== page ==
One more quotation from comrade Lovestone's article will complete the proof that his conception of “an intensified campaign for a class farmer-labor party” is an opportunistic conception of the “united front from the top only” by means of negotiations and conferences with reformist leaders of reformist organizations. Moreover, it will show that he condemns our Communist action in entering the Workers Party in the election campaign under its own banner because it alienated some of these reformist leaders.

Comrade Lovestone's “Exhibit B” is the Farmer-Labor Party of Washington, a reformist party, predominantly agrarian and based on individual membership. Comrade Lovestone is very indulgent towards this so-called party. He says it “merely endorsed La Follette and Wheeler.”

The leaders of this party attacked and denounced the Workers Party throughout the campaign, but comrade Lovestone does not seem to hold that against them. It was all our fault!

Read what he says in his article in the Daily Worker, the official organ of the Workers (Communist) Party of America, on December 3:

More than that. There is good reason to believe that the leaders of this Farmer-Labor Party would likely never have sought to secure the endorsement of their organization for La Follette or be tempted to drive their followers into the La Follette election camp if the Workers Party had not cut itself loose from the national Farmer-Labor Party on July 10. The bungling manner in which we handled our change in policy then was especially harmful.

Here in plain words we have the real policy of comrade Lovestone, which is the policy of the minority. The evasive, double-meaning language of the minority theses is put aside. The mask of Marxian phraseology is torn off and the party has an opportunity to see the ugly face of opportunism that hid behind it.

The minority theses speak very vaguely and evasively about the means to be employed to form the “political united front” by organizing a “class farmer-labor party.” Comrade Lovestone makes the matter clear.

We will “handle” the reformist leaders of reformist organizations more carefully. We will not make again the stupid blunder of raising our own party's banner in the elections. We will see what the “leaders” want us to do and do it. Then these leaders will not “be tempted to drive their followers into the La Follette election camp.”

These leaders, who according to comrade Lovestone are, after all, not so bad, delivered their organization to La Follette, they “drove their followers into the La Follette election camp,” and they maligned and denounced our party and its candidates. But why did they make these trifling errors? Because “the Workers Party cut itself loose from the Farmer-Labor Party on July 10.”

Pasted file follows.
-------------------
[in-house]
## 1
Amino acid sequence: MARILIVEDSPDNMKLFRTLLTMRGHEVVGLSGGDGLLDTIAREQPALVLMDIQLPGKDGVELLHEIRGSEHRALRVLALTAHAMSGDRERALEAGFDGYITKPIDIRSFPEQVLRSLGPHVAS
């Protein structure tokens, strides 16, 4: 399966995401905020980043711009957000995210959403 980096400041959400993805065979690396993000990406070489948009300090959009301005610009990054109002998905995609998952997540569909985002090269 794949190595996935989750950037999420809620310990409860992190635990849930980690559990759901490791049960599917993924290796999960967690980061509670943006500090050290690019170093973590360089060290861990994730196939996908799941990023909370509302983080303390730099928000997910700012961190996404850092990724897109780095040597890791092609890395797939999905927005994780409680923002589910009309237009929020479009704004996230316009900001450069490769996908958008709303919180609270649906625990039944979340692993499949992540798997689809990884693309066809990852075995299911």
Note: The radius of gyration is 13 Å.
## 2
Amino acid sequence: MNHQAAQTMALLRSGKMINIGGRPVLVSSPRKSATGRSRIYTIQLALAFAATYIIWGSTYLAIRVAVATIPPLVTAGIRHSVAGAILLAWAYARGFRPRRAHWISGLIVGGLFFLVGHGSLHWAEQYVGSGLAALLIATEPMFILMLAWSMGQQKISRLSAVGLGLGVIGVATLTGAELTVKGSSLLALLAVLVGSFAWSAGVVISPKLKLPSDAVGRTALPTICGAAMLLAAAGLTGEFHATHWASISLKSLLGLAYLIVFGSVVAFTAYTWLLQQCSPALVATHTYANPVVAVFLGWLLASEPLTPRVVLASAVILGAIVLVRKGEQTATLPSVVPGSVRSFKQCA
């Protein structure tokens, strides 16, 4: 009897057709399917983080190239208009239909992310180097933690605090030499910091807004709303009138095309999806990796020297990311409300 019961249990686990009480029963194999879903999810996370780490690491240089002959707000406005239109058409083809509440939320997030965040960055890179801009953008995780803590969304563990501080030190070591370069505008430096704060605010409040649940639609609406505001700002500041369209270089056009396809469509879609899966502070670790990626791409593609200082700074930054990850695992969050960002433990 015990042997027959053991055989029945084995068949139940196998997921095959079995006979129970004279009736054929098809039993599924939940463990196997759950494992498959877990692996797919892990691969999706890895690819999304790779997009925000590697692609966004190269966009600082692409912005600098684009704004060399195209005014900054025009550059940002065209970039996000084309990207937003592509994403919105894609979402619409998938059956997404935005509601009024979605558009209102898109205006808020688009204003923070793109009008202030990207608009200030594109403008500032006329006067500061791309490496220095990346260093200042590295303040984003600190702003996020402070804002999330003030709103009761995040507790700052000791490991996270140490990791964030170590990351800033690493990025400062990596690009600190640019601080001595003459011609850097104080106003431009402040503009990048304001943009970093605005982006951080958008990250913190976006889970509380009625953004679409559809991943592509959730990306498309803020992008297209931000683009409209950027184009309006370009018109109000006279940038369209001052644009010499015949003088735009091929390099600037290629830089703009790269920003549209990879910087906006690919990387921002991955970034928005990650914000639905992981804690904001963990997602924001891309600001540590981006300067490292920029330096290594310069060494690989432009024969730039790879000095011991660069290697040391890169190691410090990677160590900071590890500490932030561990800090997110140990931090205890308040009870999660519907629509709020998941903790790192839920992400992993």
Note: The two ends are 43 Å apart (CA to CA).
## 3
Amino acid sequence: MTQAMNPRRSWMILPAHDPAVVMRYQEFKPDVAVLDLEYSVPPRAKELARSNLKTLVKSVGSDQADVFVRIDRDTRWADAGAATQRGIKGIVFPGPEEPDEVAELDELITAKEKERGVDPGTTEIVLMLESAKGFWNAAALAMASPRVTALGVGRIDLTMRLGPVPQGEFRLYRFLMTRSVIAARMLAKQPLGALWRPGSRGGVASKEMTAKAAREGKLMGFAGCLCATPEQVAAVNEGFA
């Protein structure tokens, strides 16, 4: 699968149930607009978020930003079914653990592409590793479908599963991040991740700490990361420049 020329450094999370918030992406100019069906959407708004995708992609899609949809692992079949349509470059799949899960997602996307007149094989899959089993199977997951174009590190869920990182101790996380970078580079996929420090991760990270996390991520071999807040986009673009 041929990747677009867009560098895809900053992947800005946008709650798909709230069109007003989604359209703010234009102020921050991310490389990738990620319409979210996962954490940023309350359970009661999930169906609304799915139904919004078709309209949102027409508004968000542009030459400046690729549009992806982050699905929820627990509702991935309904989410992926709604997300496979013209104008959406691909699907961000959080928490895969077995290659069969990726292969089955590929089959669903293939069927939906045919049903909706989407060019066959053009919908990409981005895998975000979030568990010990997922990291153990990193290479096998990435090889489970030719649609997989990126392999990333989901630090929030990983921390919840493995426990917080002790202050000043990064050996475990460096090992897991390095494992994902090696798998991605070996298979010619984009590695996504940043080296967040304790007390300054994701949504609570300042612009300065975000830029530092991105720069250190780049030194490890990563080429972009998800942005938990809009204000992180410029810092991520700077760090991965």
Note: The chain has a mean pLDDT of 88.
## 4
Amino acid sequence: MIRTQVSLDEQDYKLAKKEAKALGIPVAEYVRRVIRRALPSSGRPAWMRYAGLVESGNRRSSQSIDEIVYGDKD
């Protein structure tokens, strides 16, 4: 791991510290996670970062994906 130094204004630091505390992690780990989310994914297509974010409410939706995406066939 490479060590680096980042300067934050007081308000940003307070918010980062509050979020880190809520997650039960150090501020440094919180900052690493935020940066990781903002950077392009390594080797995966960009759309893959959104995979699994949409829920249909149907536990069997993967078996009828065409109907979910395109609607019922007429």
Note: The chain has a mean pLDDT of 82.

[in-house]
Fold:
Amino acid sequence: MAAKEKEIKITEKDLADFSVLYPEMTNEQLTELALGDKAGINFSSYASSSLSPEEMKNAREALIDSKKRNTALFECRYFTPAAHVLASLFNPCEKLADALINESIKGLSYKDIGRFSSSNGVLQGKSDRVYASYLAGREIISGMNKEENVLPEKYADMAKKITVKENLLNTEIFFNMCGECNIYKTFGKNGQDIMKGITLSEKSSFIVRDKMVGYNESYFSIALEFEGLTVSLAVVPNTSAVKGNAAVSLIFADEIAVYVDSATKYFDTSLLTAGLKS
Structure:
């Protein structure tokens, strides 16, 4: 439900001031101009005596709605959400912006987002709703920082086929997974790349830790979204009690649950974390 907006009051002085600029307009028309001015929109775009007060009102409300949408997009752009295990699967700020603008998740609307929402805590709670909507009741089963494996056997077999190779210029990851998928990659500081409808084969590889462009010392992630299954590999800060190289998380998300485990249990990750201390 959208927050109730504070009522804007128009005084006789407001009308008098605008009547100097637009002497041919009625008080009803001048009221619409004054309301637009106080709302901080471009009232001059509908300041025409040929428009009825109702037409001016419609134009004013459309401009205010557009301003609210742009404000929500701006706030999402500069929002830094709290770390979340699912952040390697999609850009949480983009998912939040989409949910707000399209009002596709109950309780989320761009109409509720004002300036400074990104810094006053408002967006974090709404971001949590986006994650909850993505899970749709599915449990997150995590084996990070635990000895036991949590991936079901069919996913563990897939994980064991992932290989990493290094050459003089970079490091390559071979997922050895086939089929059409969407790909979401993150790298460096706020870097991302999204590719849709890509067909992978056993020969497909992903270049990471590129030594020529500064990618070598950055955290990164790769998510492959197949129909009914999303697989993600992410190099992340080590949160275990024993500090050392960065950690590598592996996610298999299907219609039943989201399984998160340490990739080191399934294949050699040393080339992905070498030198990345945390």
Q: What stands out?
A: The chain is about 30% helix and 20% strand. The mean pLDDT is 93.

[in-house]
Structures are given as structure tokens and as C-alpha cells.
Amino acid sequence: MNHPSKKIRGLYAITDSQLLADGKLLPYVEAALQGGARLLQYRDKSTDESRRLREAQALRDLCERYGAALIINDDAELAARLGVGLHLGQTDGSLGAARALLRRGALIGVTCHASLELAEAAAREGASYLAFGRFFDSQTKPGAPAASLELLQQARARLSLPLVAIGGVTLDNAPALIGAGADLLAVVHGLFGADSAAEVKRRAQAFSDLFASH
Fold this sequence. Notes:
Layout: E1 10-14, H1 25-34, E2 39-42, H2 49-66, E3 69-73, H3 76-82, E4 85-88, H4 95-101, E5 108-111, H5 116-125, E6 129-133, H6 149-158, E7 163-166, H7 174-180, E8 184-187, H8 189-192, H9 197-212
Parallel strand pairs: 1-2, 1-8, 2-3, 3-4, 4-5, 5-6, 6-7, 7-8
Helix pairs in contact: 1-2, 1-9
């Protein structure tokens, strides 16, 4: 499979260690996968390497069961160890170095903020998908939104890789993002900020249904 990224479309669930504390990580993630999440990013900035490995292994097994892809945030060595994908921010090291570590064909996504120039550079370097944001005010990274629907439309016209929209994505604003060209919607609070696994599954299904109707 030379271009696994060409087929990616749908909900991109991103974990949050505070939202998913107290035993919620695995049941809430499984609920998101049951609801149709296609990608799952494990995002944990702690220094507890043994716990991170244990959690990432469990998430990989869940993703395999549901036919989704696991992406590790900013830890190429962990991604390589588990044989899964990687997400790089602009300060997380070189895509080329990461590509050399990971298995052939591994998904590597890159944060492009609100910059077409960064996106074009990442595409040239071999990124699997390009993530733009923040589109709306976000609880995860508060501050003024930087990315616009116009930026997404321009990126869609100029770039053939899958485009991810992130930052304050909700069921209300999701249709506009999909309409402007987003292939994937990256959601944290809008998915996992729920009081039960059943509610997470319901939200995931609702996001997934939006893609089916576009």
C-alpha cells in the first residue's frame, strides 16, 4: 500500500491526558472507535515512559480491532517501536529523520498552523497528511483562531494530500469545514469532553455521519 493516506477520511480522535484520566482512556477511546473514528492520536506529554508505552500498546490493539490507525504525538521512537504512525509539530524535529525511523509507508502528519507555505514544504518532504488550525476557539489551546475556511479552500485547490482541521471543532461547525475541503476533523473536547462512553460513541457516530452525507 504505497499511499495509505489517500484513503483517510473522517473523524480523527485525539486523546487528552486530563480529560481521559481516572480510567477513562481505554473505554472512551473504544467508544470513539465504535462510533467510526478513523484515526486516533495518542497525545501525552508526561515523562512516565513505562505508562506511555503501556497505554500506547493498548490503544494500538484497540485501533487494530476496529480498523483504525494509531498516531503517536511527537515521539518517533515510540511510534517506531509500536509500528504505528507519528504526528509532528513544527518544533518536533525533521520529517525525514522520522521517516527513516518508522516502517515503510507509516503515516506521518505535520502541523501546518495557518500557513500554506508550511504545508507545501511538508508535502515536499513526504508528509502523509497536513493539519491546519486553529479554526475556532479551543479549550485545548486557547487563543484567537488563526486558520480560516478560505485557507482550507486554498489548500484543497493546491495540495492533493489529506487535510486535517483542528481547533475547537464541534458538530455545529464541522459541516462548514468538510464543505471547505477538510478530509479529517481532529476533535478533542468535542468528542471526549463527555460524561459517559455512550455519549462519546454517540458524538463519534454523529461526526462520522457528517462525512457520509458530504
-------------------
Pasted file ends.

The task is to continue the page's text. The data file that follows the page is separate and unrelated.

Comrade Ruthenberg complains because we are not observing the amenities of parliamentary debate, and he raises a special “point of order” against the term “Farmer-Labor Communism.” But he is criticizing us from the wrong side. We believe that when the party considers all the implications of comrade Lovestone's article, it will say that the word “Communism” should be eliminated entirely from the definition of his policy.

The party and the CI will say this policy is “farmer-laborism.” And they will kill it, too!


1. Cannon is here alluding to the fact that Lovestone served as a witness in the trial of Harry M. Winitsky in March 1920. Winitsky, executive secretary of the CPA, was one of the first Communists prosecuted in New York in the aftermath of the Palmer Raids. Lovestone, under threat of prosecution himself, testified after being granted immunity by the state. Many Communists strongly disapproved of Lovestone's actions and a cloud formed over his head; for a time he was barred from party leadership. Ruthenberg asserted that he had ordered Lovestone to testify as a matter of party policy, and Lovestone was evidently cleared of wrongdoing by an internal UCP investigation in December 1920. Nonetheless, his testimony was raised during the Goose Caucus/Liquidators faction fight in early 1922, and Foster raised it again during the faction fight in 1924-25.

After Cannon wrote this article, around the time of the Fifth ECCI plenum in the spring of 1925, the Control Commission of the Comintern investigated the matter and evidently cleared Lovestone again of any wrongdoing. Ruthenberg, Lovestone and Pepper requested that the Control Commission's decision not be publicized at the time since Lovestone was still under indictment in Michigan and Pennsylvania.

2. While the Workers Party ran Foster for U.S. president and Gitlow for vice president, it ran candidates for state and local office in only a few states (e.g., New York, where Cannon was the party candidate for governor). In Minnesota, Washington and South Dakota, the Workers Party supported local candidates of the state Farmer-Labor parties. Julius F. Emme, a member of the machinists union and an open Workers Party supporter, was the Minnesota Farmer-Labor Party candidate for U.S. Congress in the Fourth Congressional District of St. Paul. According to the 6 November 1924 Daily Worker, Emme polled over 13,000 votes though he lost the election; Emil Youngdahl, a Communist who was FLP candidate for the Minnesota legislature, won his seat with 4,483 votes. Youngdahl served in the legislature until 1933 and he remained active in Minnesota Farmer-Labor politics. The Daily Worker (21 January 1927) referred to him as a “former Communist.” Emme quit the Workers Party around 1925. In the early 1930s he was the organizer of the Minnesota State Employees Association and a supporter of the Trotskyists.